[caption id="attachment_6280" align="alignnone" width="625"] A "support" crash course to guide you through difficult times (Photo credit: Adobe Stock)[/caption]
By Ken Druck for Next Avenue
(Editor’s note: This essay is the latest in a series from author and speaker Ken Druck, based on work in his book Courageous Aging, which is about how all people can make peace with, and find joy in, every stage of life.)
Loss is an inescapable part of life. Whether we’ve lost someone to death, or are going through a living loss such as divorce, retirement, a life-threatening illness, a debilitating injury or a life-altering condition like dementia or addiction, support can make all the difference in helping us summon the strength, faith and courage to fight our way back into life.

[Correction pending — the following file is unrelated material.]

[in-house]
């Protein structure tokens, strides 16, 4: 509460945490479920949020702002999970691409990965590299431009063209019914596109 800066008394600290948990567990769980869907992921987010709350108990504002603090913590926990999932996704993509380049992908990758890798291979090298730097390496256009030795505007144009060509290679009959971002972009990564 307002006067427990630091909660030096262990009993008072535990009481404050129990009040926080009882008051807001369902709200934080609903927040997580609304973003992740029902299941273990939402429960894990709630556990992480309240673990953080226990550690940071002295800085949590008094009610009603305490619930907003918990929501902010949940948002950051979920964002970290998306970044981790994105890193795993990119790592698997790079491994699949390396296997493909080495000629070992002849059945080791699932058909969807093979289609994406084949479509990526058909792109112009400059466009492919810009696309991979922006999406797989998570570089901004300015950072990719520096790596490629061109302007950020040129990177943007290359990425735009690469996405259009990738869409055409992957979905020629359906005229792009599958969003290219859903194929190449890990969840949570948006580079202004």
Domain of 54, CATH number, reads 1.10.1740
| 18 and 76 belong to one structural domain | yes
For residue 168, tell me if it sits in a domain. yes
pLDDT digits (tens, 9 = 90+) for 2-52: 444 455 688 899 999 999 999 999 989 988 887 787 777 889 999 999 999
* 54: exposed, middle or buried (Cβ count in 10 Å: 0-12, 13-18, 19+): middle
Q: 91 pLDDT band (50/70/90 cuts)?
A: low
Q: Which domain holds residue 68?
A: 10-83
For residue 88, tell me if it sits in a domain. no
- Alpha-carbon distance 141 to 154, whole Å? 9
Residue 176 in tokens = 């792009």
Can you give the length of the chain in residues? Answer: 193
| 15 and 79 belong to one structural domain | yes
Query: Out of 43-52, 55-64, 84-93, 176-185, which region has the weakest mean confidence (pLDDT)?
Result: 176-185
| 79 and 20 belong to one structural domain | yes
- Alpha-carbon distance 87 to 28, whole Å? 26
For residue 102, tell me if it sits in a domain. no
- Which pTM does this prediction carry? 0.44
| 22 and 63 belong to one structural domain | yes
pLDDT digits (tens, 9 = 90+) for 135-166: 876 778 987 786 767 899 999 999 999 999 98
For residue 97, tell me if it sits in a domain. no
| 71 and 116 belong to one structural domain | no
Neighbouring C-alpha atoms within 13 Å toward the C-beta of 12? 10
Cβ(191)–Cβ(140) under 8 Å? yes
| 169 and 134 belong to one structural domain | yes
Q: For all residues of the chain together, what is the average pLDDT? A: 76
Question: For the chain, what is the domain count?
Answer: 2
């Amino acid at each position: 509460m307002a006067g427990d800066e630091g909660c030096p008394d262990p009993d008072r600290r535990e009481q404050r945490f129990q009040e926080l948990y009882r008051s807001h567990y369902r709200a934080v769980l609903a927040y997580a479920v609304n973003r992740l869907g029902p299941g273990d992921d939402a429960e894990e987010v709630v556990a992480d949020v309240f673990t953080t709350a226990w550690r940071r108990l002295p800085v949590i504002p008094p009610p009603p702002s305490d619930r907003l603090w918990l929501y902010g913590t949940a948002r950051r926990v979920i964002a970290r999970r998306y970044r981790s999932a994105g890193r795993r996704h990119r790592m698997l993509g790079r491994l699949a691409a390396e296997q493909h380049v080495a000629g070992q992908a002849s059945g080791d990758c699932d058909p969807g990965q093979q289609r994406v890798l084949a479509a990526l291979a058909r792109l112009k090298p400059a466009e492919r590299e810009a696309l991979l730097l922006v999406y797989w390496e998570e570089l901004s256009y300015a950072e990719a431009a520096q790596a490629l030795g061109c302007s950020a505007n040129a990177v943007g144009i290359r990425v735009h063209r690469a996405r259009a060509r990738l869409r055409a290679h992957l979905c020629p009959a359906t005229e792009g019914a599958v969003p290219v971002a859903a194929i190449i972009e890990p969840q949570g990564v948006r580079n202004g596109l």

Although we may want to reach out and lend a hand of support to our friends, family members and colleagues who are grieving, we’re not always sure of how. Despite our best intentions, most of us could benefit from an advanced course on “Support.” As someone who was worked with beareaved individuals, families and communities for 35 years, I believe that being there for someone in their time of need is one of the most caring, courageous and sacred things we can do.
Let this list of “Dos and Don’ts” guide you to say and do the kinds of things that have proven genuinely helpful to those who are grieving the loss of a family member, friend or colleague:
To find out more about Dr. Ken Druck’s Compassionate Workplace programs, Family Council Meetings, articles on grief and bereavement coaching, please go to kendruck.com.